What is Direct Traffic?
If you're looking to optimize landing pages for search engines, it may be difficult to know where to start with the multitude of different metrics for measuring success.
Between paid search, organic and direct traffic, it can be a challenge to get a firm grasp on what all these aspects mean for your website. Today we're going to take a closer look at the paradox of direct traffic and how can you can get a better sense of it with Google Analytics.
While website analytics often make it possible to identify how a visitor arrived on your site, this method isn't foolproof. When there isn't a clear indication of the referral source, traffic is often reported as direct, according to Search Engine Land.
The assumption was often if you couldn't identify the source, the user must have typed the URL or clicked a bookmark in his or her browser. However,SEO has undergone a significant number of changes in a relatively short time, and this has had a huge impact on traffic source.
What's the Big Difference?
Mobile Internet use has skyrocketed recently. When Apple released iOS 6 in September 2012, many sites lost nearly all of their organic results, but direct traffic increased. Apple eventually corrected this issue and the same websites saw their numbers revert.
However, people using older versions of iOS on their iPhones and iPads will be reported as direct traffic.
Another major development in this area came from Google's move to encrypted search, which did away with referral sources. Internet users have greater concerns about their personal online privacy, and many Web browsers have evolved to give individuals the option to turn off tracking, much to the frustration of many marketers.
Plus, these numbers can be somewhat unreliable at best. Google Chrome allows users to perform a search from the URL bar, and tests have revealed there's a difference in organic vs. direct results compared to when people type searches directly into Google.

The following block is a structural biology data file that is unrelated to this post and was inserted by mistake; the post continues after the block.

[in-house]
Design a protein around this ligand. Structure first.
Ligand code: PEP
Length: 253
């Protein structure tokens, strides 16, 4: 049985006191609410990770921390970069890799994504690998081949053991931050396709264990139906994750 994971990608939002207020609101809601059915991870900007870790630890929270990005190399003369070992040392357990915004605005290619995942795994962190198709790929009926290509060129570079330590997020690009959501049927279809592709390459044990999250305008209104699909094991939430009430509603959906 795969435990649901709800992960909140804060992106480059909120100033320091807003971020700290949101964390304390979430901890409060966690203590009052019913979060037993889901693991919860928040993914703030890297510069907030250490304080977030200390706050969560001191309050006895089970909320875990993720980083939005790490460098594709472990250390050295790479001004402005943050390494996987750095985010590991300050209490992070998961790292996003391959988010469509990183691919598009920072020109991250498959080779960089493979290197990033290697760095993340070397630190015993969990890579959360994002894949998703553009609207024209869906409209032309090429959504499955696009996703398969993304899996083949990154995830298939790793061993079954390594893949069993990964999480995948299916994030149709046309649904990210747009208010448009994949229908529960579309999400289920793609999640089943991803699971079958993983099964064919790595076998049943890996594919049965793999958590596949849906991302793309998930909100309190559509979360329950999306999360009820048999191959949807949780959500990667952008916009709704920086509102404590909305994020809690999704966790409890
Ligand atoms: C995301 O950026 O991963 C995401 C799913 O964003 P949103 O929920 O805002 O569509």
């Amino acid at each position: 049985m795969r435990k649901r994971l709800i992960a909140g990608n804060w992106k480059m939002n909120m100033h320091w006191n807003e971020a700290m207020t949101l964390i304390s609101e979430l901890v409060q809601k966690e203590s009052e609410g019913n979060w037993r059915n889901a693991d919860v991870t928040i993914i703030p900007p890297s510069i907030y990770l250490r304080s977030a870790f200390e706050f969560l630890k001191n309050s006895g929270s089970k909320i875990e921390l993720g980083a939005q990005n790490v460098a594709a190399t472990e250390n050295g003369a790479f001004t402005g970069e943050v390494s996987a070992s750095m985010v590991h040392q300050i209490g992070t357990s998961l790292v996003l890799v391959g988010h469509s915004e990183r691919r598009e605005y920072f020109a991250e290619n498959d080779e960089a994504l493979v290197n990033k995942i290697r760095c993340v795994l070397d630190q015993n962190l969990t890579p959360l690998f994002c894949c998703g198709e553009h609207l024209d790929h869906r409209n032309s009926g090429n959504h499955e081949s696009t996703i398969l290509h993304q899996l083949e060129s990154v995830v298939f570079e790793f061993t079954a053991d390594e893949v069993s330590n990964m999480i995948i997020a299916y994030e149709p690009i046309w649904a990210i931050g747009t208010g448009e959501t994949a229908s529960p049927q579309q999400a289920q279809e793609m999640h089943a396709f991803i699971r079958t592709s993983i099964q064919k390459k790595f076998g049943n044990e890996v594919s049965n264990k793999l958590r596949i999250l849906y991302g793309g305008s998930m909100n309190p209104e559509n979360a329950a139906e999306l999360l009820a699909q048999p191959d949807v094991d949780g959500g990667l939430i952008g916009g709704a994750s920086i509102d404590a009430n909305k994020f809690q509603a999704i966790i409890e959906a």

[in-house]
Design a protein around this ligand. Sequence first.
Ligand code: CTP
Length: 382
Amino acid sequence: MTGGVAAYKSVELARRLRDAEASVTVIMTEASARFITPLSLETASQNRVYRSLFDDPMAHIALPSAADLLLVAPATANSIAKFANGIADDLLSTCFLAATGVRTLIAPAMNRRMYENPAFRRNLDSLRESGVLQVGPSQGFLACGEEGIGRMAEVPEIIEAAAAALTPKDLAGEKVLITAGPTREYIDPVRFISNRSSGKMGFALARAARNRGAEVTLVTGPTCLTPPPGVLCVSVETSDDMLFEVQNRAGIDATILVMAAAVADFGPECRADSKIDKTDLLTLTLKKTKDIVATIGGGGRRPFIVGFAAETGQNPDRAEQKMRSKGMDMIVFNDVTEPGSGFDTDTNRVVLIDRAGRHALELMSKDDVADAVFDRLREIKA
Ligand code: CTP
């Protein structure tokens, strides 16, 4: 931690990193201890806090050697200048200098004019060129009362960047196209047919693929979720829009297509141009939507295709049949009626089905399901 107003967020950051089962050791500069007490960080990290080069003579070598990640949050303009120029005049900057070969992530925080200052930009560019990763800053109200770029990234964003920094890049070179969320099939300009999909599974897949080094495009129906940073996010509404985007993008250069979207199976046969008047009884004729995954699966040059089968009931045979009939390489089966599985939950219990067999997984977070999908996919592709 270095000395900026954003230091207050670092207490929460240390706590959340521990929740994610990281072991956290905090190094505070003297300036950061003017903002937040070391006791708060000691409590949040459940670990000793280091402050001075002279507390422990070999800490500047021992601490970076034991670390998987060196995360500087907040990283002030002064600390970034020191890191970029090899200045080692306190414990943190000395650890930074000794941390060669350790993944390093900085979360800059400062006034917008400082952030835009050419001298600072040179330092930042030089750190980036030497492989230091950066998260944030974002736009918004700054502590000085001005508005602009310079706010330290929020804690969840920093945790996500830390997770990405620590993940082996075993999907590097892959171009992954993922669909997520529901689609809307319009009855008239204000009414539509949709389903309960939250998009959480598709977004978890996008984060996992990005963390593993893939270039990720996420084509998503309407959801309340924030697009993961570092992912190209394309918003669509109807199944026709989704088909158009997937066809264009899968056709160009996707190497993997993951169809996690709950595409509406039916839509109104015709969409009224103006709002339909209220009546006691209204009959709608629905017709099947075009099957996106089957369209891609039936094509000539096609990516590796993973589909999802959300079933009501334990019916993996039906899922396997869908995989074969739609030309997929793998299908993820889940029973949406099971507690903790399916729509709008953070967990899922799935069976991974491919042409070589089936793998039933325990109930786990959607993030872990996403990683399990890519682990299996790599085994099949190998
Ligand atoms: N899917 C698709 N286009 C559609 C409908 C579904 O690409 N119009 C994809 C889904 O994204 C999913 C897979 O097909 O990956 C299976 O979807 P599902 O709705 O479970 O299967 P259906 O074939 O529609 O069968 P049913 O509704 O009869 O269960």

Groupon recently conducted a massive experiment regarding direct traffic compared to organic search by de-indexing its entire website for six hours (even Groupon does not recommend trying this yourself!) to measure the differences.
At the end, the researchers discovered up to 60 percent of their direct traffic was actually organic search. In many cases, people don't want to type out a long URL, even if they know exactly where they intend to go. However, this was not the case for certain deal pages. Direct traffic stayed consistent.
Using Google Analytics to Measure Traffic
Despite the absence of referral sources, Google Analytics is still a powerful tool that can deliver a number of insights about your target audience. Especially if you're going through a website redesign or launching a new ad campaign, analytics provide behavioral insights, CMS Wire stated.
For example, the Audience feature offers demographic information, such as age, gender, visit frequency and certain lifestyle categories regarding personal interests to help you get a better read on what your customers care about.
The platform can help you create detailed, advanced customer segments, allowing you to then refine your targeted marketing campaigns. You can group users who share similar interests together for more effective marketing efforts and landing page design.
No matter how users get to your landing page, analytics gives you the tools to reach them more effectively. SEO is rapidly changing, but Google Analytics in particular can help inform your future decisions.
For instance, referral reports can tell you which social media sites generate the most engaged visitors, enabling you to focus more effort on this network.